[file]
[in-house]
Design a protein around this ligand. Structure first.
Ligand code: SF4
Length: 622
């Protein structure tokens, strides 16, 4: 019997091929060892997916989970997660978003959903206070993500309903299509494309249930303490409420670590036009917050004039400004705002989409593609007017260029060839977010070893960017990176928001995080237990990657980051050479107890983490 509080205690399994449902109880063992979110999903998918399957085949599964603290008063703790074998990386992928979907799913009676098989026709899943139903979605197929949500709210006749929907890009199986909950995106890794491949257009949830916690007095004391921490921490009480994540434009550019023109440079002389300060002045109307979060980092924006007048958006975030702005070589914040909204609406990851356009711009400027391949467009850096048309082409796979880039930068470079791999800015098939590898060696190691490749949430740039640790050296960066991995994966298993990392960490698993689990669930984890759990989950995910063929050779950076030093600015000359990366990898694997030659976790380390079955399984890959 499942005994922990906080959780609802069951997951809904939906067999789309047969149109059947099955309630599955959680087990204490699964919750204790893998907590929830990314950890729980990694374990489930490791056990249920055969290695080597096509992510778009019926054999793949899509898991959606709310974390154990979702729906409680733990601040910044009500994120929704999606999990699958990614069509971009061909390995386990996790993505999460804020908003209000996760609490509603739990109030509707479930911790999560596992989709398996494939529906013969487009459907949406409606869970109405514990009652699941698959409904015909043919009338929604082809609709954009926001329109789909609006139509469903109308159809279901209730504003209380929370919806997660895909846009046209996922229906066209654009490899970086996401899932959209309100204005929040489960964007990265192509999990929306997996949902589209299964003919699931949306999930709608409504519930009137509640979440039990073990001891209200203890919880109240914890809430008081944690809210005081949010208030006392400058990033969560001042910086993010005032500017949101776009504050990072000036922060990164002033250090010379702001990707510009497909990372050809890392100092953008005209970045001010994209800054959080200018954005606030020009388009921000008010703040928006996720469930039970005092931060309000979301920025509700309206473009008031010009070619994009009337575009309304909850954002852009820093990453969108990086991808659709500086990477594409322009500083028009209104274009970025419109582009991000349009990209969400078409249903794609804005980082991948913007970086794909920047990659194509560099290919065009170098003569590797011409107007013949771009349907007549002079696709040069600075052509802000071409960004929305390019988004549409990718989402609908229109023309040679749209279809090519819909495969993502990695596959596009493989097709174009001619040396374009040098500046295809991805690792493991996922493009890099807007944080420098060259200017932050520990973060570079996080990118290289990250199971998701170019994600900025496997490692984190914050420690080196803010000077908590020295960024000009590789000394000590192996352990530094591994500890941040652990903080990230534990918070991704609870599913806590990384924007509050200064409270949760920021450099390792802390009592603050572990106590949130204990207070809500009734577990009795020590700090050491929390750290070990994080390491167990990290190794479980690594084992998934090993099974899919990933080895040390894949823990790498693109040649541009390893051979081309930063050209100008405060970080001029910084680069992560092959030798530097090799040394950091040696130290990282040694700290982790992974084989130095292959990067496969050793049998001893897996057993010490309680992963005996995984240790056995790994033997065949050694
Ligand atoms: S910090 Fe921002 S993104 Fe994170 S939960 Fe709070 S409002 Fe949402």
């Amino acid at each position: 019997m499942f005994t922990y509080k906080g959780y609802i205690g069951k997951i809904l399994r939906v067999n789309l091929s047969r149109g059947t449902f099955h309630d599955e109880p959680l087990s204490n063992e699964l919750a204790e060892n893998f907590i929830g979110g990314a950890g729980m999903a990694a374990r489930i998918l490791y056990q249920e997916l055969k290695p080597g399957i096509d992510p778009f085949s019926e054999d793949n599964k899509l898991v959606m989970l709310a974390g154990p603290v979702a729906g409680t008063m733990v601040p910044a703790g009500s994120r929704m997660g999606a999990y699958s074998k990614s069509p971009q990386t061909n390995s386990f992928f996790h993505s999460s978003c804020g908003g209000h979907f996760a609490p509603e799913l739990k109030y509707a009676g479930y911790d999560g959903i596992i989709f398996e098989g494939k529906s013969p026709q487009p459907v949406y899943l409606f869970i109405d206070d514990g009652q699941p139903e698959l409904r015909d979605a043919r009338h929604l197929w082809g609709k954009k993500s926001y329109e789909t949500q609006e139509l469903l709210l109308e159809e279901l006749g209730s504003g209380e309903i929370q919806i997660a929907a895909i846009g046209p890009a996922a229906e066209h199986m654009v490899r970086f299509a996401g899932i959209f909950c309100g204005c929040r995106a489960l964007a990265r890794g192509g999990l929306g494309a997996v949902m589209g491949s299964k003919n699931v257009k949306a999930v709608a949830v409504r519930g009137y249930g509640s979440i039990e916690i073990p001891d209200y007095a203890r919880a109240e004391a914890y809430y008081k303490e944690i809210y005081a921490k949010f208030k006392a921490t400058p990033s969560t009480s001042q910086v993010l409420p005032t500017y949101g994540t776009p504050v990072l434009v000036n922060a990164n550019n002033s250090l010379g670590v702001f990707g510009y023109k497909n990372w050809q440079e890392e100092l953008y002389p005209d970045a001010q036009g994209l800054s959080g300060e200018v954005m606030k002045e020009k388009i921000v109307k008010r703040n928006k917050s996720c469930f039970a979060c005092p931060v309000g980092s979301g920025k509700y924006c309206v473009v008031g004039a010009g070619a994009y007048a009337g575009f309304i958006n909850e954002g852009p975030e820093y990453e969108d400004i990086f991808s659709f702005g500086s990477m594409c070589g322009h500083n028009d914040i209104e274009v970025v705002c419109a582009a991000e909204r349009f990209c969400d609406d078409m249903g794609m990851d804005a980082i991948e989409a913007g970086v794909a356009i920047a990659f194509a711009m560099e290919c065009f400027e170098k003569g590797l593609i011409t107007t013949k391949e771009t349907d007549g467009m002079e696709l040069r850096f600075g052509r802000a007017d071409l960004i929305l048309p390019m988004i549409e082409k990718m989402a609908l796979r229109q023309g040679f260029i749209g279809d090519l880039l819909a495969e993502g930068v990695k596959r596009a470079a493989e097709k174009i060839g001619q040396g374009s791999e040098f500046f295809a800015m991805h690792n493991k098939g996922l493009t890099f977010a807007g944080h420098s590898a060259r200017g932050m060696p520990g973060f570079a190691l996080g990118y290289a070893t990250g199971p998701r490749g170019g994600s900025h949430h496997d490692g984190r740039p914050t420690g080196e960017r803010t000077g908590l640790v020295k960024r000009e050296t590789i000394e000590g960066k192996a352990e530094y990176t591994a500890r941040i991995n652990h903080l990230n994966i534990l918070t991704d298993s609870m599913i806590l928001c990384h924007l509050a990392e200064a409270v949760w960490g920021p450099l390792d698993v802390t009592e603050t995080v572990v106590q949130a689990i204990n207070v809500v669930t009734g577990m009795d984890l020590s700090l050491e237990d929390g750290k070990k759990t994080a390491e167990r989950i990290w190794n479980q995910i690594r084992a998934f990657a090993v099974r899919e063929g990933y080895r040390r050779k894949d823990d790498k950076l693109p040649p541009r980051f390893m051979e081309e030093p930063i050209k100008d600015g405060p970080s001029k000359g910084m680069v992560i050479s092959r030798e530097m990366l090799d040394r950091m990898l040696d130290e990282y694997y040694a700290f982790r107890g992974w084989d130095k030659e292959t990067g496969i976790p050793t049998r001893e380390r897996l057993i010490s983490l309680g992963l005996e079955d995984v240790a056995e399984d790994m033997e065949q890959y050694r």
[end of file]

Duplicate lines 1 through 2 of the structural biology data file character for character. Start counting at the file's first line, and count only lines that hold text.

[in-house]
Design a protein around this ligand. Structure first.